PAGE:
From exploring the atomic nucleus and the neurobiology of nausea to creating biosensors for new drugs to making food more appetizing, dozens of University of Guelph research projects will be supported by a new $13-million investment from the Natural Sciences and Engineering Research Council (NSERC).
The awards were announced today in Hamilton by Kirsty Duncan, minister of science.
In total, 65 U of G projects received funding, spanning five colleges and numerous departments, with most being supported for five years.
The University also received 18 graduate scholarship and fellowship awards.
Across Canada, the government is providing $465 million for 4,000 projects through NSERC’s 2016 discovery research programs. This includes funds for scholarships, fellowships, research supplements and equipment grants.
U of G received the largest single discovery grant unveiled today. Physics professor Paul Garrett was awarded $790,000 to continue studies in subatomic physics, including the operation of the DESCANT (Deuterated Scintillator Array for Neutron Tagging) project at the TRIUMF laboratory in British Columbia.
“Not only did U of G receive the largest NSERC grant in the country, but also our projects are among the most comprehensive, from nuclear physics to food science to big data to animal welfare,” said Malcom Campbell, vice-president (research).
“This vital investment speaks to the diversity and strength of our research, and our capacity for providing the next generation of scientists and scholars with unmatched opportunities.”
Guelph MP Lloyd Longfield said, “The University of Guelph continues to provide insights and discoveries to solve national and international scientific challenges. The range of research being done in biology, chemistry, human health and engineering will add considerably to Canada’s contributions.”
A complete listing of U of G recipients is available on NSERC’s website.
A New Triumph at TRIUMF
Paul Garrett, chair of the Department of Physics, will use his five-year grant to continue studies of nuclear structure and nuclear astrophysics.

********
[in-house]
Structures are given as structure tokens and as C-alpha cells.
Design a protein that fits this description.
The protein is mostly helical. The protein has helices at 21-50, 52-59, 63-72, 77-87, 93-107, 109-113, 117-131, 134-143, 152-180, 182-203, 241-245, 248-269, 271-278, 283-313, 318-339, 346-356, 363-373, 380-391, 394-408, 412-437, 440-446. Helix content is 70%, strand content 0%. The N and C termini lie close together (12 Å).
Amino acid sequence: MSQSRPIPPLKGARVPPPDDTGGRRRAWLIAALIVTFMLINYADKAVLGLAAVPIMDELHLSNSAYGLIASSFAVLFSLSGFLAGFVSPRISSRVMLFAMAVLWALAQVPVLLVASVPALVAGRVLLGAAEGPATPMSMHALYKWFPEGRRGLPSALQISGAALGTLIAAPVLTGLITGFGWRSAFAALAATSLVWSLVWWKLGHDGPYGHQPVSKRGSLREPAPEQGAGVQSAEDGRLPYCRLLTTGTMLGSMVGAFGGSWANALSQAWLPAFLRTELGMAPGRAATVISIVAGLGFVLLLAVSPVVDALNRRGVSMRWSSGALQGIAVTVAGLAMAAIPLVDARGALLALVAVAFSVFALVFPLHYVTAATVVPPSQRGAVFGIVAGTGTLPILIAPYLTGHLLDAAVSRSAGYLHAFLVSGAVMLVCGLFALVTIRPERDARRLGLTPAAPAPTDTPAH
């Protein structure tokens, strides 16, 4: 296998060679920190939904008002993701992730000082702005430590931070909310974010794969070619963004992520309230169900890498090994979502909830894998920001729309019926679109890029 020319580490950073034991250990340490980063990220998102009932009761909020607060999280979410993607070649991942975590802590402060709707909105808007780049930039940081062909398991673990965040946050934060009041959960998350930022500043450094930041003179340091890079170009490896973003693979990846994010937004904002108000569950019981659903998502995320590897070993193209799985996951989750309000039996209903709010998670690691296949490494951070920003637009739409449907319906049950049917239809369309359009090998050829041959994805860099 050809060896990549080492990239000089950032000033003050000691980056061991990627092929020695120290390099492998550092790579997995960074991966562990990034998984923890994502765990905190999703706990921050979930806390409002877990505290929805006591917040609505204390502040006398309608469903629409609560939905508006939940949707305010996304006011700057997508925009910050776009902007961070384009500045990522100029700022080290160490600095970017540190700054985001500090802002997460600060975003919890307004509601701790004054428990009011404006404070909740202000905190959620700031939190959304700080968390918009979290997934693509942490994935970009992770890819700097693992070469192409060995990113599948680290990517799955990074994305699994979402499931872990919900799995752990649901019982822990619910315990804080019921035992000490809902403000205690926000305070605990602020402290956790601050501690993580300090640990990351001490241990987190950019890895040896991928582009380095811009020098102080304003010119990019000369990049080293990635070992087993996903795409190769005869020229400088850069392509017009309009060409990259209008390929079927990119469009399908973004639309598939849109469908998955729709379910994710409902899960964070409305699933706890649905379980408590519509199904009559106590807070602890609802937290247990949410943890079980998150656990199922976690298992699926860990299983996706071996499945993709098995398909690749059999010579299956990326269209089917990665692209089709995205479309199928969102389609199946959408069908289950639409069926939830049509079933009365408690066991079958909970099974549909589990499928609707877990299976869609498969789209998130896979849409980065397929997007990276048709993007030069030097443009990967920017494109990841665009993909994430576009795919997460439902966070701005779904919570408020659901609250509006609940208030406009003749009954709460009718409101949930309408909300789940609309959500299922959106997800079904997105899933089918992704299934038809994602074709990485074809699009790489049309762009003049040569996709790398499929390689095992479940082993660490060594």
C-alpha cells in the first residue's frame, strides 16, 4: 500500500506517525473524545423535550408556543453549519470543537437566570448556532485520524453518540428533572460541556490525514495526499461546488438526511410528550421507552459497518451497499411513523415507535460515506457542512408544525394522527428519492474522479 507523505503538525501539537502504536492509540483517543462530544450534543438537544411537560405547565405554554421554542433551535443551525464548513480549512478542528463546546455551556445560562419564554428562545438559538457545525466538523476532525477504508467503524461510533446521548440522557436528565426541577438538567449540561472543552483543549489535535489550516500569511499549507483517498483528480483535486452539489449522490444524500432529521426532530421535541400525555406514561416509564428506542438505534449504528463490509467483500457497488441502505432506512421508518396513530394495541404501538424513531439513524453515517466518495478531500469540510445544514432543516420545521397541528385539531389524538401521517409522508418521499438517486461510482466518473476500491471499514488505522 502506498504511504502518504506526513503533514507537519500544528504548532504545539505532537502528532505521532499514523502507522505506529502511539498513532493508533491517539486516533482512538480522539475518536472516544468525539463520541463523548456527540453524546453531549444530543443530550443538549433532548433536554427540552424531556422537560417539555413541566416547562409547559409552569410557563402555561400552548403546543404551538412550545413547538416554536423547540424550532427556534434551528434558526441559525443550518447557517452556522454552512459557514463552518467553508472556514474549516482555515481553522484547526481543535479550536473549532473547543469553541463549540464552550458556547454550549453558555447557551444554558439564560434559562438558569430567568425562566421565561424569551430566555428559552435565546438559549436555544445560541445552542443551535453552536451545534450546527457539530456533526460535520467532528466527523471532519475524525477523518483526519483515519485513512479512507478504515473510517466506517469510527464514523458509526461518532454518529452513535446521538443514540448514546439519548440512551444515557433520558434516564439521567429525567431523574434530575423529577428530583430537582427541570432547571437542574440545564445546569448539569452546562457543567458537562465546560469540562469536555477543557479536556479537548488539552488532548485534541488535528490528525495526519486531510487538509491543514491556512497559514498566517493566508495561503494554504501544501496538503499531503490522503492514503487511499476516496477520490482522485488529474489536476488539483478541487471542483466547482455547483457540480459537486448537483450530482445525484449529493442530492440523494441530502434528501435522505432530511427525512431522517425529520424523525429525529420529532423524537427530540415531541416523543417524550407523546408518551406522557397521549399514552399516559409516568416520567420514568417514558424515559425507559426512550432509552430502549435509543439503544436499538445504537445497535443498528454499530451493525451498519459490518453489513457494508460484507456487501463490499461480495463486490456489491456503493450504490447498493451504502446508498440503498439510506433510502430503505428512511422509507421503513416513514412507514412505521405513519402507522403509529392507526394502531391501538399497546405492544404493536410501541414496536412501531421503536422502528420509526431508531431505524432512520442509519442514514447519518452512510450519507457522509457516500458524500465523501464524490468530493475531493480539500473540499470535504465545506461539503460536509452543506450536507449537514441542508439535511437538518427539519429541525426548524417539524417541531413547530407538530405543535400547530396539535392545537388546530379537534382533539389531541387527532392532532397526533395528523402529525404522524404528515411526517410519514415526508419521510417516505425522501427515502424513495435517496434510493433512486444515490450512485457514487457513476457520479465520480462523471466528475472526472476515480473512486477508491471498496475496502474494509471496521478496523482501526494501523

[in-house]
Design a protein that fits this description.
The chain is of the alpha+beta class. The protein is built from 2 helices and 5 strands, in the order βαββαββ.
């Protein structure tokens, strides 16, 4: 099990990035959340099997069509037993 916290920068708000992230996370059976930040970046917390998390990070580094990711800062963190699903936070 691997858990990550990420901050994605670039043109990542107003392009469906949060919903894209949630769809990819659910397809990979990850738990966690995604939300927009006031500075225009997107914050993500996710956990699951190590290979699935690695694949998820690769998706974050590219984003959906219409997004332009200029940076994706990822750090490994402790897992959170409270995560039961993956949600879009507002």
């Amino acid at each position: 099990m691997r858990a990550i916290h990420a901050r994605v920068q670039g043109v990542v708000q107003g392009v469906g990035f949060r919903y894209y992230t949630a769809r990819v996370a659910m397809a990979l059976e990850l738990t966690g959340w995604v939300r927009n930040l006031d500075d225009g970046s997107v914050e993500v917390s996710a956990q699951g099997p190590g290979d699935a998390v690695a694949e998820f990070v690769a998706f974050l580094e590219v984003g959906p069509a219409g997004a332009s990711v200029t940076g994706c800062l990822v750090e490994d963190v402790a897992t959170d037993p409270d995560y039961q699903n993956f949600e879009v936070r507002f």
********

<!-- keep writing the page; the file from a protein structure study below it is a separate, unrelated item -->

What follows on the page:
He’s refining and using DESCANT detectors at TRIUMF – as well as the Guelph-led TIGRESS and GRIFFIN gamma-ray spectrometers – to study atomic nuclei produced by the TRIUMF accelerator.
He’s probing the inner workings of the atomic nucleus and the formation of many of the elements in the universe, and is seeking evidence for a new theory beyond the current Standard Model of particle physics.
Explaining that his research might help improve nuclear reactor designs and waste storage, Garrett said, “The ongoing support of NSERC will enable us to continue to pursue knowledge at the forefront of nuclear physics.
“Beyond extending knowledge, the most important products of our research are our students and post-doctoral fellows. Our research attracts the `best and the brightest,’ who pursue positions in fields from finance and medical applications to reactor safety and design.”
Learning from Disgusted Rats
Psychology professor Linda Parker, who holds the Canada Research Chair in Behavioural Neuroscience, was “very pleased” to receive a $280,000 grant for enhanced graduate and post-doctoral training opportunities and continued research on the neurobiology of nausea and vomiting.
It’s a poorly understood field due to a lack of animal models, but Parker and her team have learned how to use rats and shrews for studies.
Although rats can’t vomit, they display a disgust reaction called gaping when tasting something that nauseated them earlier. These gaping reactions provide a model to understand brain mechanisms that produce nausea in humans.
Using this model, the Guelph researchers have discovered that serotonin release in a particular brain region might control the sensation of nausea. They’re learning about basic neural processes involved in modulating drugs in order to control nausea and vomiting in humans.
Electrifying the Science of Surface
Chemistry professor Jacek Lipkowski is a pioneering researcher in electrochemical surface science, a field he entered more than three decades ago.
He will use his new $522,500 NSERC grant to continue his studies of molecular films intended for new sensors and electrodes.
Ultimately, his research might apply to biomedical fields from implant biocompatibility to cell adhesion and fusion to drug design.
“I am very happy to receive this award,” Lipkowski said. This funding will help him further develop new techniques and methodologies begun with earlier investments, including support from the Canada Foundation for Innovation.
It will also provide interdisciplinary training of graduate students and post-doctoral fellows that spans several fields of research such as electrochemistry, spectroscopy and biophysics.
The Texture of Taste
Food scientist Lisa Duizer studies how what happens in your mouth affects everything from how food tastes to whether you find a particular food appetizing. By better understanding sensory perceptions in eating, she hopes to make new puréed foods more appealing.
She especially aims to improve nutrition in older adults living at home and in long-term care facilities, and people with dysphagia (swallowing difficulties).
For many older adults, puréed diets are unappetizing because they lack visual cues and many volatile flavour compounds normally released in chewing.
Previously, Duizer and her grad students tested commercial and U of G-developed puréed foods for people with swallowing difficulties.
With her new $140,000 NSERC grant, she will look at how food structure and texture perception affects oral processing of puréed foods.